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Am J Med Sci. 2005 May;329(5):222-7.

Angiotensin-converting enzyme inhibitors and angiotensin II receptor blockers effectively and directly potentiate superoxide scavenging by polymorphonuclear leukocytes from patients with type 2 diabetes mellitus.

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Department of Internal Medicine, Koshigaya Hospital, Dokkyo University School of Medicine, Saitama, Japan.



Angiotensin-converting enzyme inhibitors (ACEIs) and angiotensin II type 1 receptor blockers (ARBs) have potent antioxidant effects in addition to antihypertensive effects.


We investigated the ability of ACEIs and ARBs to enhance the superoxide scavenging ability of polymorphonuclear leukocytes (PMNLs) from type 2 diabetic patients (n = 32) and healthy subjects (n = 32). The scavenging ability (U/10(3) cells) of superoxide was measured by electron spin resonance. We used ascorbic acid as a positive control antioxidant and tested captopril, temocapril (an inactive form of ACEI), and temocaprilate (an active form of ACEI) as ACEIs, as well as RNH-6270 as an ARB.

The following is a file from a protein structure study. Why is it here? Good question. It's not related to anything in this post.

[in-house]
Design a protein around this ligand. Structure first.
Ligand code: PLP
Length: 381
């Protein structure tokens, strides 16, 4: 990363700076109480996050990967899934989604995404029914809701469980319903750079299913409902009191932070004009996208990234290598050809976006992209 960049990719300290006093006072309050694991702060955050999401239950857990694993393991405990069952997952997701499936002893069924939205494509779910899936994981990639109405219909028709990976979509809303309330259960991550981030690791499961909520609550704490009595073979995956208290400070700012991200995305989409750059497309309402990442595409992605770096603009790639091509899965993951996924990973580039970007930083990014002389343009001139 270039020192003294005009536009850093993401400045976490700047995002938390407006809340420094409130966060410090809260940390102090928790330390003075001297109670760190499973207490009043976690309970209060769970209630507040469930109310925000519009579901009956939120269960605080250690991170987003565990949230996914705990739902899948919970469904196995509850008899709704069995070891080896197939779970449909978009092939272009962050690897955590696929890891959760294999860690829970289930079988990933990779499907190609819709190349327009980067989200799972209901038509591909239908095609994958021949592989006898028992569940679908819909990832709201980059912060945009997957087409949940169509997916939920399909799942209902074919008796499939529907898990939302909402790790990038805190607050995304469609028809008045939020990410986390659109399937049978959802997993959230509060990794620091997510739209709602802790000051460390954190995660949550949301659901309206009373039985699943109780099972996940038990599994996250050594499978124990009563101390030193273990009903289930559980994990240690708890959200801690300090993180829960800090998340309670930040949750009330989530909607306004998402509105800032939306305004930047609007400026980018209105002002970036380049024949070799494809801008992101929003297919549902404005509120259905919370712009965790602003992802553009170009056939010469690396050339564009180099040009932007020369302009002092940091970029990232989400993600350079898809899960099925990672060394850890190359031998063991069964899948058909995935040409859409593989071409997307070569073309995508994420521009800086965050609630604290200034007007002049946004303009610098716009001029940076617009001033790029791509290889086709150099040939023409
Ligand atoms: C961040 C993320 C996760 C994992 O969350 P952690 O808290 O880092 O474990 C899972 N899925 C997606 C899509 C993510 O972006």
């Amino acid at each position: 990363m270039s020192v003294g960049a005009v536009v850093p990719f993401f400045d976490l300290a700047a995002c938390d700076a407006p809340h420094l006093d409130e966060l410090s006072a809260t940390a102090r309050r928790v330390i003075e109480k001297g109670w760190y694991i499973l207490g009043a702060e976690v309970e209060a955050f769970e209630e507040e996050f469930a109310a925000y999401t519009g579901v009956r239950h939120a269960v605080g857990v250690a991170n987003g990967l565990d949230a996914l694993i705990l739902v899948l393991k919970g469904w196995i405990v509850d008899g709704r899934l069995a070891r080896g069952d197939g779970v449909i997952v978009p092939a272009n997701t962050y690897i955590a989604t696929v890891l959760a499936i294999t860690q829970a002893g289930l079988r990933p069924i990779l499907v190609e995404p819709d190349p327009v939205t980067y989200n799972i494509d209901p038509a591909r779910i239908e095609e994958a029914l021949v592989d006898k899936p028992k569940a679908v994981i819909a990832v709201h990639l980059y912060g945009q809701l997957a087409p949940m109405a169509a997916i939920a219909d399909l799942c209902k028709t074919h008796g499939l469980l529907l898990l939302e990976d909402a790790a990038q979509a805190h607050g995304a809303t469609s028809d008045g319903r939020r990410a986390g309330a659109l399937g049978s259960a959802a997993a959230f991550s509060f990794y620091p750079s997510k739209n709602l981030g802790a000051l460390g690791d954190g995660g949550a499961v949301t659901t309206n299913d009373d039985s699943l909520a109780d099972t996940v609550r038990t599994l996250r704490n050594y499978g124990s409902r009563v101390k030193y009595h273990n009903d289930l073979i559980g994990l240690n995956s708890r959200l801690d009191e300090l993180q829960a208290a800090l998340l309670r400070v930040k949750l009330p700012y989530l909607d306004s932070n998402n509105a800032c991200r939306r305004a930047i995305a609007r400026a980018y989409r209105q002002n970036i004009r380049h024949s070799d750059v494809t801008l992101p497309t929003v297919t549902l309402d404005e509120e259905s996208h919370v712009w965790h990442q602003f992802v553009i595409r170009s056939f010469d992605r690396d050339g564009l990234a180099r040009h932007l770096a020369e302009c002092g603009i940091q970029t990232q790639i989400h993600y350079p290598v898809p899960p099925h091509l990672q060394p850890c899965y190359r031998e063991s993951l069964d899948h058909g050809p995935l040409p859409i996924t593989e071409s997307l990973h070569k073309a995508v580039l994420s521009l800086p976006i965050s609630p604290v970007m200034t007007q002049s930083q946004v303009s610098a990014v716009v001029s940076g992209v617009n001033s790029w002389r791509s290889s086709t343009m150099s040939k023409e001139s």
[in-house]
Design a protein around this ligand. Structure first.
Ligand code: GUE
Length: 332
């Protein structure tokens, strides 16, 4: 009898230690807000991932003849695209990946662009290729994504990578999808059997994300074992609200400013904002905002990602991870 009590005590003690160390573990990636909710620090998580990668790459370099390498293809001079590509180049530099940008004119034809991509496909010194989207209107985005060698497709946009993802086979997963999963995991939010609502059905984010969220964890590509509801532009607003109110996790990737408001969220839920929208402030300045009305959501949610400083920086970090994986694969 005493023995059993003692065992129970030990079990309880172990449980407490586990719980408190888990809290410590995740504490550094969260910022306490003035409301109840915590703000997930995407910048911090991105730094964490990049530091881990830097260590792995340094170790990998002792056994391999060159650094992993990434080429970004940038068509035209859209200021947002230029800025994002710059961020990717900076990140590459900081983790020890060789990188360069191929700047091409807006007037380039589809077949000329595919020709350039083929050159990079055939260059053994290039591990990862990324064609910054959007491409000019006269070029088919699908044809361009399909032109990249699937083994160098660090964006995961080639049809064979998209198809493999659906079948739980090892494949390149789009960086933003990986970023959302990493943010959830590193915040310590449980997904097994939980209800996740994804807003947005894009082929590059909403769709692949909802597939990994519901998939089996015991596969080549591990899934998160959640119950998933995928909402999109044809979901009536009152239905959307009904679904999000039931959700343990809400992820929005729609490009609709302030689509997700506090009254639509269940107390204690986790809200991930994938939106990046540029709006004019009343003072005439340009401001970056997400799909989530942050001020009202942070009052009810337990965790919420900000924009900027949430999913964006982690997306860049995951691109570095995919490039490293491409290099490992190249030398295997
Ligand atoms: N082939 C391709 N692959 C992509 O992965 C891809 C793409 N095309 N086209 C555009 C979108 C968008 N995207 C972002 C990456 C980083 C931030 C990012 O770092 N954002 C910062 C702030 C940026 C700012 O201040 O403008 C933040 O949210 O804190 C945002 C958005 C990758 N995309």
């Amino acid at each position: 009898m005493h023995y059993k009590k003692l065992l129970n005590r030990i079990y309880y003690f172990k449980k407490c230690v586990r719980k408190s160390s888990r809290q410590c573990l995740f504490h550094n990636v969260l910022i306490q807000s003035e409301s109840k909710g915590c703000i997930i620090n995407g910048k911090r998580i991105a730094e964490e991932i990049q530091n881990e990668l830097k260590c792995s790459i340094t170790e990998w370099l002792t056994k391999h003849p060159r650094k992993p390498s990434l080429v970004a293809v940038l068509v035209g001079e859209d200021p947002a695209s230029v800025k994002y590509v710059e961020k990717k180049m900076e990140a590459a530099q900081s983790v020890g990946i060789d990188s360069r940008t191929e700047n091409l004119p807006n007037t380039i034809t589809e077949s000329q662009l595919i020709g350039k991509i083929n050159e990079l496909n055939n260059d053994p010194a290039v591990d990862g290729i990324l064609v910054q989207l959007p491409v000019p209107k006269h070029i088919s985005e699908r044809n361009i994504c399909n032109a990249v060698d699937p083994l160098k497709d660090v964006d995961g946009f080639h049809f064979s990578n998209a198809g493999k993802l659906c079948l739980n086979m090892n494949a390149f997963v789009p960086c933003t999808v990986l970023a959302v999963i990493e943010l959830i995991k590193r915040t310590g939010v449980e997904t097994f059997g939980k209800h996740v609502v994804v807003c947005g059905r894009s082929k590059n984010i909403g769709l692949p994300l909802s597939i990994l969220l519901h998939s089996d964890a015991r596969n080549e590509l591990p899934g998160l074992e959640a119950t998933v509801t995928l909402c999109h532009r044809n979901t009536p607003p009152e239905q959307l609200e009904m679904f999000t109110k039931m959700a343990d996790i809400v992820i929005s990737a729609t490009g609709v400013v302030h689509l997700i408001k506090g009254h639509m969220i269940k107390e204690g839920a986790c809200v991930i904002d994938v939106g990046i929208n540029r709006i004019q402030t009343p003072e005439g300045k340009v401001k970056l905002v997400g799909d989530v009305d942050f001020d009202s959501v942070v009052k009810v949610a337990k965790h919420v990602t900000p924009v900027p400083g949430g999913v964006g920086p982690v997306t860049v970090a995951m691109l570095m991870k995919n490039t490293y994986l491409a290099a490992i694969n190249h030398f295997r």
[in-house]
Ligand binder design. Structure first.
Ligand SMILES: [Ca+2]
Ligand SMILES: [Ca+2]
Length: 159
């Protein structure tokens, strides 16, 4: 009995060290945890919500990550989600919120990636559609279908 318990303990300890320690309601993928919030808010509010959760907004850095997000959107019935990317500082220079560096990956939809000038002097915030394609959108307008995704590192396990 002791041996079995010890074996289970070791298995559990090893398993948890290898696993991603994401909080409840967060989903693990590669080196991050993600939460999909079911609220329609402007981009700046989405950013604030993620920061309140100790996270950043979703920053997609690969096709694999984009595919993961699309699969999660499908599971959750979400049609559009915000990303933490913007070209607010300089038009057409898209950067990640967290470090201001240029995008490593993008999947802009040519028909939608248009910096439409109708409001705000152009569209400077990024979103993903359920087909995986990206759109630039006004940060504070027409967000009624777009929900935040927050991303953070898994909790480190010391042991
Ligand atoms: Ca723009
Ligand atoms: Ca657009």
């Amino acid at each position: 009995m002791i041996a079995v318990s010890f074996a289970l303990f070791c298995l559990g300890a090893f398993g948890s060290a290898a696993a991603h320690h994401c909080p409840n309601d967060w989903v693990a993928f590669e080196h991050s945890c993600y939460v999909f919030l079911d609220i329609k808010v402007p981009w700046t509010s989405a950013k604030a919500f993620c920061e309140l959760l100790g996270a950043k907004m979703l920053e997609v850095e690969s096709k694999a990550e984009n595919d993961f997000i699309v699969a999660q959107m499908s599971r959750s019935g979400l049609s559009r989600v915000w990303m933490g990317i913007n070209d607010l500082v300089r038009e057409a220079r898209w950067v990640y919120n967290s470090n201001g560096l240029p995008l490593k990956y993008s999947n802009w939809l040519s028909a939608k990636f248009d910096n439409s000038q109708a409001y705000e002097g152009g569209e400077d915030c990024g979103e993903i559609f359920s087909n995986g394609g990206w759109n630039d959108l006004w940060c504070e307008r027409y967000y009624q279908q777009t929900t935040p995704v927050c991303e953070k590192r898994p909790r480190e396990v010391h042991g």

Captopril, temocaprilate, and RNH-6270 showed dose-dependent enhancement in scavenging ability. The scavenging ability with captopril and temocaprilate was greater than with RNH-6270. The changes in scavenging ability induced by all of the drugs in diabetic patients were similar to the changes in healthy subjects. A high-glucose medium (400-800 mg/dL) greatly attenuated the drug-induced enhancement of scavenging ability.


We demonstrated that both ACEIs and ARBs enhance superoxide scavenging by PMNLs from type 2 diabetic patients and that a high-glucose environment markedly attenuates the ability of these drugs to augment superoxide scavenging.

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